With a second Scottish independence referendum now looking more and more likely, and support for a united Ireland growing, both due to Brexit, today we begin to wonder how long it will be before Kent declares itself independent from the UK. Quite unbelievably, the Outists are now saying that there will now need to be a border around Kent in order to control customs to and from the EU. Can things get any sillier? If that happens, I reckon it won’t be long before Kent starts it’s own independence movement. After all, in the so-called dark ages, Kent was it’s own kingdom; things are now so insane that, if this border is established, it won’t take much for some kind of Kentish independence movement to start to appear. If Brexit goes as catastrophically as any sensible person thinks it will, it could well motivate Kent even further to leave the UK and rejoin the EU on it’s own, benefitting from the trade through it’s ports as well as the Channel Tunnel. How amusing would that be? And the crazy thing is, it might not be that far fetched.

Exploration or Geopolitics

Yesterday NASA announced plans to send people back to the moon for the first time since the seventies. Ordinarily, I’d be bouncing up and down with excitement at such news: I’m all for anything that advances humanity’s exploration of space. These days though, I can’t help suspecting that this is less about science and more about geopolitics. With China having announced it’s own plans to send people to the lunar surface, America seems desperate to retain – or reclaim – what it seems to feel as it’s inherent position as the world’s leading spacefaring nation. The position the US once had, or thought it had, as the most advanced nation on earth is slipping. It assumed the cosmos was theirs alone for the taking – we can see that in it’s plans to mine the moon, as if it automatically belonged to America. The fact that other nations are catching up and possibly overtaking America is why it now seems desperate to repeat it’s great triumphs of fifty years ago. Thus while I’m all for the exploration of the final frontier, I can’t help feeling this has more to do with a once great nation trying to restore its prominence.

A weird yet delicious combination

Saint Aigur Blue Cheese and Jam (preferably my mum’s home made strawberry jam) spread in equal measure on toast may sound a bit weird, but as I learned this morning, it’s absolutely delicious. I’ve seen serkan making it for himself a couple of times, and today curiosity got the better of me. He says it’s his own invention. What at first glance might seem like a very strange combination actually goes together really well, the sweetness of the jam offsetting the musky bitterness of the cheese. I dare you to try it.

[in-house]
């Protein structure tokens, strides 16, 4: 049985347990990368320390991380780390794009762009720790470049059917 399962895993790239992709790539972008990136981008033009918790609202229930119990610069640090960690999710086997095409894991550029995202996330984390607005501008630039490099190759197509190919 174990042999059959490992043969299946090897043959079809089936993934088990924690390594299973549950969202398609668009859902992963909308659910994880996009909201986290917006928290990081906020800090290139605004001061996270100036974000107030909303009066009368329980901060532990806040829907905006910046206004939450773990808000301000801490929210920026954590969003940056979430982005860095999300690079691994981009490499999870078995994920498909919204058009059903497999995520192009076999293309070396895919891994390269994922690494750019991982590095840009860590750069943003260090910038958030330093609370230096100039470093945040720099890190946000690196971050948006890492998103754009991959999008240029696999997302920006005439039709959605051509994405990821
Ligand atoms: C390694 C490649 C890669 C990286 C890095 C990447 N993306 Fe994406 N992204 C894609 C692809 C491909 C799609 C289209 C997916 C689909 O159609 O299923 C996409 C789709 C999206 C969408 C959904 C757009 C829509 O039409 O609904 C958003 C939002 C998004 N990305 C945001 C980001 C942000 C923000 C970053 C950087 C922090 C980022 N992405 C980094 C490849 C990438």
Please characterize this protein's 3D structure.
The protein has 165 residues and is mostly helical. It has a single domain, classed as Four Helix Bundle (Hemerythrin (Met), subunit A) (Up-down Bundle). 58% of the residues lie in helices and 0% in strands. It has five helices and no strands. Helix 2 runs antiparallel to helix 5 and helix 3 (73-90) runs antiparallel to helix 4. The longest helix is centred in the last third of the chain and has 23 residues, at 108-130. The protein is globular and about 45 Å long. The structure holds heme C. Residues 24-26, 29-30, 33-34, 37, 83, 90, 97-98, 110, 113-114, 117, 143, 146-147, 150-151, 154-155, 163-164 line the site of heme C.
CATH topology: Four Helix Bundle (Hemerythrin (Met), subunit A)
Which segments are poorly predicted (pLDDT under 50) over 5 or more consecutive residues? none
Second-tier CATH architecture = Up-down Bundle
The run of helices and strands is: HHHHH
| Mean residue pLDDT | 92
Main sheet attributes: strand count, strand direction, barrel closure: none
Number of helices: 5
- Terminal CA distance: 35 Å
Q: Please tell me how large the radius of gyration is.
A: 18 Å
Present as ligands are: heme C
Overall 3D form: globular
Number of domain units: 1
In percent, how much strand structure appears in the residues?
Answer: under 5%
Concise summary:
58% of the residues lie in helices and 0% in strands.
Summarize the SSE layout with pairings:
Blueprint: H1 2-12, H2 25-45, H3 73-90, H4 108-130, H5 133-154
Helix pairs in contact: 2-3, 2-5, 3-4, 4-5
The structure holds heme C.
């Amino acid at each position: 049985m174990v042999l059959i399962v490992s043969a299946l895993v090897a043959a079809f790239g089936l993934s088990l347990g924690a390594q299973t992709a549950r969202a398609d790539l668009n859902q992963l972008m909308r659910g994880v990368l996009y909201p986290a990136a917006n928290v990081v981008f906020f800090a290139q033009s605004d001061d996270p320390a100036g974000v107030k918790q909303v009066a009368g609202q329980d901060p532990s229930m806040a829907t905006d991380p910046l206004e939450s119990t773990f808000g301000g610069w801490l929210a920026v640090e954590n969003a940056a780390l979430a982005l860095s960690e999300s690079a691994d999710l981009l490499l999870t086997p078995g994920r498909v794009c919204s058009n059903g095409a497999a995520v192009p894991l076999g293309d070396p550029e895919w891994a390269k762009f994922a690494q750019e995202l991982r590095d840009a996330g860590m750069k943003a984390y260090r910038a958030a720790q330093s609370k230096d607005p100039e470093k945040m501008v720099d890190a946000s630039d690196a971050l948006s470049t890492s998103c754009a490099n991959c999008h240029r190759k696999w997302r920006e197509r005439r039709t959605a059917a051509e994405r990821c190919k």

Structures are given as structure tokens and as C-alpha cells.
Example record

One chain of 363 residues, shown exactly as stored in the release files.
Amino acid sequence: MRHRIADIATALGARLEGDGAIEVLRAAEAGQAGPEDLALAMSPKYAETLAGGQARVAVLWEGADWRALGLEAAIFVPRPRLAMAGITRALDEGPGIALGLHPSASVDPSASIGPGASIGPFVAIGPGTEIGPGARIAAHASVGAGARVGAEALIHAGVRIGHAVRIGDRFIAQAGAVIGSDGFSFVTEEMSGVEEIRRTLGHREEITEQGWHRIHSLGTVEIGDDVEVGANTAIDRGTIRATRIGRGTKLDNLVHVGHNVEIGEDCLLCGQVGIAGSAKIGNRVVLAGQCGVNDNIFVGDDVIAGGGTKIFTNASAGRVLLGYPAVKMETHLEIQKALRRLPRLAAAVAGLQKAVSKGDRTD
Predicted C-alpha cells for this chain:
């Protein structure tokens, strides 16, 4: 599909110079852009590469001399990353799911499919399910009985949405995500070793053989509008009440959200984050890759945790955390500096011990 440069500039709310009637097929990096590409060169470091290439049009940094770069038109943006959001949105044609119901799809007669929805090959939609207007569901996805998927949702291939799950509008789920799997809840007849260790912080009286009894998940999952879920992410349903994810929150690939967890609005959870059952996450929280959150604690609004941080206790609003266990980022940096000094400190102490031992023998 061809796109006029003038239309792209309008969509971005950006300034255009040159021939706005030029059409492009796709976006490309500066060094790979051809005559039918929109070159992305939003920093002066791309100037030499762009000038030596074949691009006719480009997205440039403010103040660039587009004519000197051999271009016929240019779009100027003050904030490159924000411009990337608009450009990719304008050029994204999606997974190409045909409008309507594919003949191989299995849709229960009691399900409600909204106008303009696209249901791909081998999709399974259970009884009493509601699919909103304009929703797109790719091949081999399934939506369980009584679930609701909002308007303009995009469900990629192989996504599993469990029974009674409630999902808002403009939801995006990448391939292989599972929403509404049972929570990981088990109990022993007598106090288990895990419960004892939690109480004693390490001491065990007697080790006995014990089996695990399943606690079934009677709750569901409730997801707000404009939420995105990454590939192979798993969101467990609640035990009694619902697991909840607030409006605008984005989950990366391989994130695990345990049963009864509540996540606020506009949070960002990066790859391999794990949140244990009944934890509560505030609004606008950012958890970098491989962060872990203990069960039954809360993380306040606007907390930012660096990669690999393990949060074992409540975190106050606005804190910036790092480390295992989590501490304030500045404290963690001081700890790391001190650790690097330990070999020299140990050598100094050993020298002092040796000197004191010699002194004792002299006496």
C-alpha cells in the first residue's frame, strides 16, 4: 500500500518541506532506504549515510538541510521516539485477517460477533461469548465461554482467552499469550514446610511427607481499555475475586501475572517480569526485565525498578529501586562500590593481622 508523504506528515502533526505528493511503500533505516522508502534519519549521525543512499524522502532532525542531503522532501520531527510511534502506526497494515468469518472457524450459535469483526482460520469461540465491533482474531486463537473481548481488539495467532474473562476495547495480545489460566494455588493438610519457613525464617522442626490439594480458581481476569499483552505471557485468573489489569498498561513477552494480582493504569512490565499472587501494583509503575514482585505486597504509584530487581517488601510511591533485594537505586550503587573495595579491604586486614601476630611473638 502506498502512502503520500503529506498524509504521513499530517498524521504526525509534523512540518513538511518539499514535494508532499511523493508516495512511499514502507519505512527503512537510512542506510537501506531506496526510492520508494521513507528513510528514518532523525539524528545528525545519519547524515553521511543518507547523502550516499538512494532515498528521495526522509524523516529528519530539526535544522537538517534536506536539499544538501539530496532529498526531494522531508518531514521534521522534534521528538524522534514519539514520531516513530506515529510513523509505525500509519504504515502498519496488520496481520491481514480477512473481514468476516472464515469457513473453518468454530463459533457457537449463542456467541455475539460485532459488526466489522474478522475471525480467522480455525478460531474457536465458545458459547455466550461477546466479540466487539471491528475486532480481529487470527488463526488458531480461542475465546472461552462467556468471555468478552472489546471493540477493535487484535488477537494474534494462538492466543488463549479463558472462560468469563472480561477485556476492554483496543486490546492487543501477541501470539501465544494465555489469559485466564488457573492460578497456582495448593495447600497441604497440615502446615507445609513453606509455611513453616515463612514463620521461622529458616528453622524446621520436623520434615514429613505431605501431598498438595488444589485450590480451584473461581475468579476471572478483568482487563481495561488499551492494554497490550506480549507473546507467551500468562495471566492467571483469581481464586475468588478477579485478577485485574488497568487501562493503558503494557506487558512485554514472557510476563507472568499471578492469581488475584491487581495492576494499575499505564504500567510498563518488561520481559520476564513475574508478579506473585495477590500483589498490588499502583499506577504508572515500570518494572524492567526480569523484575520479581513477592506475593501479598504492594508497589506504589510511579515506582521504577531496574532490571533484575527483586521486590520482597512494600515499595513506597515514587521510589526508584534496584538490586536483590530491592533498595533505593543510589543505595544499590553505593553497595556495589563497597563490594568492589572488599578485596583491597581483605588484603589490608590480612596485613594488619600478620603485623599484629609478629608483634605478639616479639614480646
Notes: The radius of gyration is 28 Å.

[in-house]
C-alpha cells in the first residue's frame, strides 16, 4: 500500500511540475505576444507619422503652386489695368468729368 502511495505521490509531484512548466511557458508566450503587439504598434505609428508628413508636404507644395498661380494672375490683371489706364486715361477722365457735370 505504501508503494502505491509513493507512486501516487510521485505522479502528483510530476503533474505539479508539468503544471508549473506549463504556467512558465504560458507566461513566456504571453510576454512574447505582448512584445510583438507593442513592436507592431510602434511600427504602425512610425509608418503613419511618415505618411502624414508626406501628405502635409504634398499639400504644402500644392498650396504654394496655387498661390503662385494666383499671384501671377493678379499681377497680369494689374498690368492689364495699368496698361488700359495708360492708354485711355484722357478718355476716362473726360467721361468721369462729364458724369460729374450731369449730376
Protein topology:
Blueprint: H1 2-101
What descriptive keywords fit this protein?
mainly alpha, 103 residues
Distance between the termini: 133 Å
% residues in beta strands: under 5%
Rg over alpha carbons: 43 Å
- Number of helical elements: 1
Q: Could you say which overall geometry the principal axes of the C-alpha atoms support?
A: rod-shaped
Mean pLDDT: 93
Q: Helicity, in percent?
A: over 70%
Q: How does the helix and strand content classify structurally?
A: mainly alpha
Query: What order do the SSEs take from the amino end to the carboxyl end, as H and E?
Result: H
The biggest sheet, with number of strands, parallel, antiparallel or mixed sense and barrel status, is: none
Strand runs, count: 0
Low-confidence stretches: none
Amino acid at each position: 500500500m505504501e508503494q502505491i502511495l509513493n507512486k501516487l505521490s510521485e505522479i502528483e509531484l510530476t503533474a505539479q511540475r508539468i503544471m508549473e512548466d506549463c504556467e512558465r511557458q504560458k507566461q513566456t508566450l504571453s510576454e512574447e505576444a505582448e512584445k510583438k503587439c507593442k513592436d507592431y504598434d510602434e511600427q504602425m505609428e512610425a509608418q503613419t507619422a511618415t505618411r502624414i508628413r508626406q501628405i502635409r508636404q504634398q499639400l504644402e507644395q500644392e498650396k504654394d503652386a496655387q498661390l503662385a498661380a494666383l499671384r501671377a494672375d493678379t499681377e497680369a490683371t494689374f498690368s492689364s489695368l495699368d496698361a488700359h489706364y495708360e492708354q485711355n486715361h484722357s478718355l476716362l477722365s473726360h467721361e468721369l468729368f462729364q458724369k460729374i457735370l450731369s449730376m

Streets I once knew well

Compared with London, Congleton is a small, dull place; so why am I craving once again strolling around it in my powerchair? I have now lived in the capitol for over ten years, and I still love it for it’s energy and vibrancy. I love the feeling of being in a world city, one of humanity’s major cultural hubs. Yet recently I’ve been thinking about the small Cheshire town where I grew up. I’ve been back there a few times since I moved to london, of course, visiting my parents; yet I didn’t take my powerchair with me, so I couldn’t wander around the town as I once did.

I think that’s what I’m missing. It’s not that there’s much to see, especially compared to the metropolis: there’s just something about following the roads, lanes and paths I have known since infancy which I find myself craving. I used to go out for hours in my powerchair, to the town centre or through the park, where I still remember being pushed on the swings as a child. Either that or up the lanes between the fields towards Swettenham, trundling along listening to the birds. These days I can go to Eltham or Woolwich or Greenwich, or anywhere in this vast urban expanse; yet there’s something about trundling about that quiet northern town surrounded by countryside which I’m starting to crave. Something about those streets which I once knew so well, which I have so many memories of, but which I last went down a lifetime ago.

I’m obviously just feeling nostalgic. Many people are, these days: this year has been so relentlessly depressing that we all want to return to happier times. All the same, I hope that, soon enough, perhaps next spring, I’ll find myself heading in my chair down Rood Hill or through Congleton Town Centre, trying to spot anything or anyone I recognise. I will probably be feeling rather snooty and superior about now being a Londoner, but beneath that there will be a great deal of affection. I may have changed a great deal over the last decade as I have grown used to the cut and thrust, the speed and noise of life in a great metropolis; but I will always be from that small town up in Cheshire, surrounded by fields.

More on the Coronavirus Act

The details are fairly complex so I better not try to summarise them here, but I want to flag this quite important Disability News Service article up. As I touched upon a few days ago, the new Coronavirus Act looks like it is going to have a lot of worrying consequences for people with disabilities. While as the article says, it is up to individual county councils whether to trigger the particular ‘easements’ which would threaten peoples’ right to social care, people are now nonetheless very, very worried about now suddenly having their support taken away.